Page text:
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It’s just plain hard to get true, real-time visibility into a running auth flow.

Parts of the process can be completely hidden from us; if the complete authorization process requires a redirect from a remote OAuth production server, then every debugging effort must go through the production server.

It’s practically unfeasible to debug this locally. There’s no way to reproduce the exact state and no way to inspect what is actually happening under the hood. Not ideal.

Knowing these types of challenges, we built Lightrun - a real-time production debugging tool - to allow you to understand complicated flows with code-level information. Add logs, take snapshots (virtual breakpoints), and instrument metrics without a remote debugger, without stopping the running service, and, most importantly - in real-time and without side effects.

Learn more with this 5-minute tutorial focused on debugging these kinds of scenarios using Lightrun:

>> Debugging Authentication and Authorization Using Lightrun

1. Overview

In this tutorial, we're going to create a CLI application to test connections to any LDAP Authentication server. We won't use LDAP to secure our application, since this can be done better using Spring Security LDAP, for example.

Having a tool to quickly check the validity of LDAP connections is useful even before developing applications that use them. It's also useful when developing some kind of integration between applications, especially in the setup phase. And we'll do it using core Java classes. So no additional dependencies are required.

2. LDAP Java Client

Let's start by creating our only class, LdapConnectionTool. We'll start with the main method. To keep things simple, all our logic will go here:

public class LdapConnectionTool {
    public static void main(String[] args) {
        // ...
    }
}

First, we'll pass our parameters as system properties. We'll be using default values for the factory (LdapCtxFactory) and authType (simple) variables. LdapCtxFactory is the core Java class responsible for the whole process of connecting to a server and populating user attributes. And a simple authentication type means our password will be sent as clear text. Similarly, we'll default our query variable to the user, so we can specify either one or both. We'll see usage details later on:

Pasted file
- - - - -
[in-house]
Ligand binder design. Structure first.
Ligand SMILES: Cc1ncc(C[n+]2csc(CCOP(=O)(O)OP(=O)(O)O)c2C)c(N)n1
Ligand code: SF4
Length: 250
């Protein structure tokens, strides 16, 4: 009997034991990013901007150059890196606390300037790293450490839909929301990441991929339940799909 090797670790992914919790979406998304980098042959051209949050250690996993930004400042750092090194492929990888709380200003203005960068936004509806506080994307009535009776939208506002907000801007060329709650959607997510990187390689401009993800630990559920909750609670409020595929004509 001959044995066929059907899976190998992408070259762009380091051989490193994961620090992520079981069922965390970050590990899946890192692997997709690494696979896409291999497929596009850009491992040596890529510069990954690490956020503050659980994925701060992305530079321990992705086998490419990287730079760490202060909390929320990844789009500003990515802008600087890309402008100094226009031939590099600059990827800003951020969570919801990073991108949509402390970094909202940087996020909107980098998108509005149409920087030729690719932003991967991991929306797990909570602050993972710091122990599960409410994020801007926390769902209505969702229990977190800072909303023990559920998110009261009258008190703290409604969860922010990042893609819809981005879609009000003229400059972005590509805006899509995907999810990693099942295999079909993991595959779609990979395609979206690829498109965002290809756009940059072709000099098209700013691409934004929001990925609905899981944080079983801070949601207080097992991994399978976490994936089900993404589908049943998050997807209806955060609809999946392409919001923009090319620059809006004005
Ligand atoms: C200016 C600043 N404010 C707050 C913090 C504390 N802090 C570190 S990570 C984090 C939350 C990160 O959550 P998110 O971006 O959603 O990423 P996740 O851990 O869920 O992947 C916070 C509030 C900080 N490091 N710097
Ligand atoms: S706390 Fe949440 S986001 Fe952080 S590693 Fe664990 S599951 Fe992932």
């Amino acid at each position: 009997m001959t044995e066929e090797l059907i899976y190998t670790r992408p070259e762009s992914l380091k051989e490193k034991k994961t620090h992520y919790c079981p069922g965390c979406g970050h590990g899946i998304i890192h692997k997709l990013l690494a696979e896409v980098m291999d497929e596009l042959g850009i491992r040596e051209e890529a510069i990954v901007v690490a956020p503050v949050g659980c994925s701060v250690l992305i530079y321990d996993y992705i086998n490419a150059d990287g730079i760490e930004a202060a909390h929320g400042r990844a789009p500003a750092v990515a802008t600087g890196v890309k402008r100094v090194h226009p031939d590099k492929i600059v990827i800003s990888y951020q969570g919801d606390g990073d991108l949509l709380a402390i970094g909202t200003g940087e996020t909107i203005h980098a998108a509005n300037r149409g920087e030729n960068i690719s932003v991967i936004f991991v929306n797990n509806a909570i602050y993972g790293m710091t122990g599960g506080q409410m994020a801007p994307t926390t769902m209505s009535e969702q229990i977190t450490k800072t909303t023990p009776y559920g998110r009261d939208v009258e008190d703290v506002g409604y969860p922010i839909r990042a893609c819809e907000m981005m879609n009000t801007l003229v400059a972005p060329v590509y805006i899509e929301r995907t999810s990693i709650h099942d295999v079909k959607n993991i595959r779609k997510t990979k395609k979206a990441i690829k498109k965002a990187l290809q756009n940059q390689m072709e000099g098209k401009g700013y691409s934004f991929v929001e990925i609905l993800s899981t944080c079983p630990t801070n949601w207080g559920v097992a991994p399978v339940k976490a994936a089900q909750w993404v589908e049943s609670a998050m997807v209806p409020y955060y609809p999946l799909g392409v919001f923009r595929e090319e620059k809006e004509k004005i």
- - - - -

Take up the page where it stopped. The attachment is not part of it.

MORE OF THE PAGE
String factory = System.getProperty("factory", "com.sun.jndi.ldap.LdapCtxFactory");
String authType = System.getProperty("authType", "simple");
String url = System.getProperty("url");
String user = System.getProperty("user");
String password = System.getProperty("password");
String query = System.getProperty("query", user);

Next, we're going to create our environment map, which holds all properties necessary for a connection using InitialDirContext:

Hashtable<String, String> env = new Hashtable<String, String>();
env.put(Context.INITIAL_CONTEXT_FACTORY, factory);
env.put(Context.SECURITY_AUTHENTICATION, authType);
env.put(Context.PROVIDER_URL, url);

We don't want to require a user and password because some servers allow anonymous access:

if (user != null) {
    env.put(Context.SECURITY_PRINCIPAL, user);
    env.put(Context.SECURITY_CREDENTIALS, password);
}